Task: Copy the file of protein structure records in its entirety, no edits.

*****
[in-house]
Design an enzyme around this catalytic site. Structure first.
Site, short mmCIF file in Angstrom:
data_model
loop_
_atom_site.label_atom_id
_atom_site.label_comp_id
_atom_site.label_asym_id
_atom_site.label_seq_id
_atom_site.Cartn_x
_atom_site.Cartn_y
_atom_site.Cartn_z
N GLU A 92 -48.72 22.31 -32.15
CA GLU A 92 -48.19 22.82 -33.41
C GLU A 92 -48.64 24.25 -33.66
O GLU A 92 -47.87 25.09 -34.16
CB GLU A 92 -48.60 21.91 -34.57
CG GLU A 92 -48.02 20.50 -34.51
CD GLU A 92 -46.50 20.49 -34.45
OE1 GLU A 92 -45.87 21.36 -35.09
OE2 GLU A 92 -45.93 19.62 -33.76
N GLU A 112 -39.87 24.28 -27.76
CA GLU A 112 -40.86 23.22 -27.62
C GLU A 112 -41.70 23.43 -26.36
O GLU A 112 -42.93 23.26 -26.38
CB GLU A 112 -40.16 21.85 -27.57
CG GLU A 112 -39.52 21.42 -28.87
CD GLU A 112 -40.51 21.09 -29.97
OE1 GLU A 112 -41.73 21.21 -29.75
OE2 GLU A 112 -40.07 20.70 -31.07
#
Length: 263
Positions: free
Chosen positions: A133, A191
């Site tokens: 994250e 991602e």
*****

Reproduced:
[in-house]
Design an enzyme around this catalytic site. Structure first.
Site, short mmCIF file in Angstrom:
data_model
loop_
_atom_site.label_atom_id
_atom_site.label_comp_id
_atom_site.label_asym_id
_atom_site.label_seq_id
_atom_site.Cartn_x
_atom_site.Cartn_y
_atom_site.Cartn_z
N GLU A 92 -48.72 22.31 -32.15
CA GLU A 92 -48.19 22.82 -33.41
C GLU A 92 -48.64 24.25 -33.66
O GLU A 92 -47.87 25.09 -34.16
CB GLU A 92 -48.60 21.91 -34.57
CG GLU A 92 -48.02 20.50 -34.51
CD GLU A 92 -46.50 20.49 -34.45
OE1 GLU A 92 -45.87 21.36 -35.09
OE2 GLU A 92 -45.93 19.62 -33.76
N GLU A 112 -39.87 24.28 -27.76
CA GLU A 112 -40.86 23.22 -27.62
C GLU A 112 -41.70 23.43 -26.36
O GLU A 112 -42.93 23.26 -26.38
CB GLU A 112 -40.16 21.85 -27.57
CG GLU A 112 -39.52 21.42 -28.87
CD GLU A 112 -40.51 21.09 -29.97
OE1 GLU A 112 -41.73 21.21 -29.75
OE2 GLU A 112 -40.07 20.70 -31.07
#
Length: 263
Positions: free
Chosen positions: A133, A191
């Site tokens: 994250e 991602e």